Information-Theoretic Security

Information theory provides the tools to rigorously define the notion of security.  A scenario that arises in certain cryptographic applications, such as quantum key distribution (QKD), involves two trustworthy parties (called Alice and Bob), along with an unwanted eavesdropper (called Eve).  Each party has access to some (classical) system whose state is described by the random variable \(X\), \(Y\), and \(Z\), respectively.  All these variables are correlated according to some joint probability distribution \(P_{XYZ}\).  Alice and Bob’s goal is to utilize their shared correlations for private communication.  Doing so involves processing their variables such that Eve’s overall correlation becomes decreased.  Public communication between Alice and Bob can help in this task, and the operational framework is known as Local Operations and Public Communication (LOPC).

In an LOPC protocol, Alice and Bob attempt to transform their original variables \(X\) and \(Y\) into new variables \(\hat{X}\) and \(\hat{Y}\) such that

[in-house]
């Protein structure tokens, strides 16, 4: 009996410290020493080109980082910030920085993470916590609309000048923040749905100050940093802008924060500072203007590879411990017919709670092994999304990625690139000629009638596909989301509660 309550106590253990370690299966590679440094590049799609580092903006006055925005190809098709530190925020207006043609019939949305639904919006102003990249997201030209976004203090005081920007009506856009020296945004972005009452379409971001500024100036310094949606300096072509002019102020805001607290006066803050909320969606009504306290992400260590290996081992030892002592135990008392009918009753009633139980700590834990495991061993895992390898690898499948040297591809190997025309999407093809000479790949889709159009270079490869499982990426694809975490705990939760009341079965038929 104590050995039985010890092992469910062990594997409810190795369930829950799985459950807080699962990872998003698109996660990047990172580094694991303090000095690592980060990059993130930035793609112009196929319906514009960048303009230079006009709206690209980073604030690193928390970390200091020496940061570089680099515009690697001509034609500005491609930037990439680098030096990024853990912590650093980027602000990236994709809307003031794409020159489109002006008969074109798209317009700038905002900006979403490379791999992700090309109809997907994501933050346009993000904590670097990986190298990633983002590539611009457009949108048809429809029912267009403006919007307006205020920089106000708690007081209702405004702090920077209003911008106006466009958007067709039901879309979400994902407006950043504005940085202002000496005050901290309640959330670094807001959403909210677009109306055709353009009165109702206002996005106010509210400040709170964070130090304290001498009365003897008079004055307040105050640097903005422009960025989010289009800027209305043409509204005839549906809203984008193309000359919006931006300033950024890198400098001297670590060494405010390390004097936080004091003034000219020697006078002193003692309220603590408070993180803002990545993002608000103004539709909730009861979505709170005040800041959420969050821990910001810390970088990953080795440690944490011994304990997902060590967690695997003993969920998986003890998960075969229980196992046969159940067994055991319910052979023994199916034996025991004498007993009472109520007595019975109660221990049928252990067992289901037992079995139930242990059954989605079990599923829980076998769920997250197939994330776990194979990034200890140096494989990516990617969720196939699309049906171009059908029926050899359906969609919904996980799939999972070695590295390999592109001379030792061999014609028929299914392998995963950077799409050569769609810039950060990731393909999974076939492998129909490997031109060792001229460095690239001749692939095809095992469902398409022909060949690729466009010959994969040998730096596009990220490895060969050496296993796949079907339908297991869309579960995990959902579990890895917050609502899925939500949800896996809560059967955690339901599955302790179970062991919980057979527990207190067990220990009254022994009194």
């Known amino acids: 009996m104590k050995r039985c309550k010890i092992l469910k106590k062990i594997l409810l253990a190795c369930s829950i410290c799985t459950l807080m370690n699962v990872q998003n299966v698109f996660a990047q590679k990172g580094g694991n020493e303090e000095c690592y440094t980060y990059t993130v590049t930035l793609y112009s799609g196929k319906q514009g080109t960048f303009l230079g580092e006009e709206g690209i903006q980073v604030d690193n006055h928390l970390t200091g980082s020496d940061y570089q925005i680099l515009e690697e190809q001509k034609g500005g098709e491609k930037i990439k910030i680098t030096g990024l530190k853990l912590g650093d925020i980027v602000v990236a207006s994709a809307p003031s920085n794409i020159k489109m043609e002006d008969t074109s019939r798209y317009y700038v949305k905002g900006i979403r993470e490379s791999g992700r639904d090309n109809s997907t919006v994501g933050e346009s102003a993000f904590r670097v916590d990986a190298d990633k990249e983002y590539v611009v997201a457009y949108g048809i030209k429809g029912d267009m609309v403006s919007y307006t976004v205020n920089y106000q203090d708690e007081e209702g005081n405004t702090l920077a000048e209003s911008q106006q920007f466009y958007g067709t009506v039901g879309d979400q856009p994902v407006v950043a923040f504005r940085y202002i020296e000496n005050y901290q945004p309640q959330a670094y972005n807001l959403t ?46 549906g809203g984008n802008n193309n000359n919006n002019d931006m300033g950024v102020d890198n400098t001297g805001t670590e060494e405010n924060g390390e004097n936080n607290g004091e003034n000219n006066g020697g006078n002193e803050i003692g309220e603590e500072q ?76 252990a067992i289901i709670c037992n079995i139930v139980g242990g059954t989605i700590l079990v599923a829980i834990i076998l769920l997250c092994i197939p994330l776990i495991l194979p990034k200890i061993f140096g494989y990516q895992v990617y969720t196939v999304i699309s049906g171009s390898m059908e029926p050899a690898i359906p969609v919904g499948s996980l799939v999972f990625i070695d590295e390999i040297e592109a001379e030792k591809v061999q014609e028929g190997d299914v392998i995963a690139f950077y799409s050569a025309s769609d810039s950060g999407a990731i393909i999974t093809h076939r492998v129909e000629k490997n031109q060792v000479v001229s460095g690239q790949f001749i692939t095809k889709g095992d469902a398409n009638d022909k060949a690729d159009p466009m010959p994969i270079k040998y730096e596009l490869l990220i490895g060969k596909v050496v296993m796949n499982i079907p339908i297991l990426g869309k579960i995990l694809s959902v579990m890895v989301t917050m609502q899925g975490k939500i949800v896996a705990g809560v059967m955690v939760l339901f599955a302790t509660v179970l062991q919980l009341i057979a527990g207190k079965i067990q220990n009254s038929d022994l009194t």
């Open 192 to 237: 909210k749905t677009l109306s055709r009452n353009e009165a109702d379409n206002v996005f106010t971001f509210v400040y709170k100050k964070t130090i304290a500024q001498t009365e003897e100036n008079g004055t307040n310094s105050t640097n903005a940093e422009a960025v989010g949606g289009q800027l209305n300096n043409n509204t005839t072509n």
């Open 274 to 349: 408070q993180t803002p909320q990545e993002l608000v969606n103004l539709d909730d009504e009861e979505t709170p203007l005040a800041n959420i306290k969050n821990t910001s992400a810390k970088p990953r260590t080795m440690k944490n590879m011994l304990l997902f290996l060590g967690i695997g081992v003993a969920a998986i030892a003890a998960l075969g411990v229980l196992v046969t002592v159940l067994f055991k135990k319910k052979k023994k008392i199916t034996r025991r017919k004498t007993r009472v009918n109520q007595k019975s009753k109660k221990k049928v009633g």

\(\begin{align} \text{(i)}& \qquad\hat{X}\approx\hat{Y}\\\text{(ii)}&\qquad I(\hat{X}:MZ)\approx 0, \end{align}\)
where \(M\) is the public communication generated in the protocol and \(I\) is the mutual information between \(\hat{X}\) and Eve’s variables.  Intuitively, condition (i) says that \(\hat{X}\) represents shared randomness for Alice and Bob, while condition (ii) says that this randomness is almost completely uncorrelated from any information Eve might possess.  In this case \(\hat{X}\) represents a secret key, or secrecy, that Alice and Bob share.

LOPC is a classical cryptographic analog of LOCC in the quantum setting.  Whereas quantum entanglement is the fundamental resource in LOCC processing, classical secrecy is the fundamental resource in LOPC processing.  Our research investigates the general theory of information-theoretic security in the LOPC setting, with the following being specific topics of interest.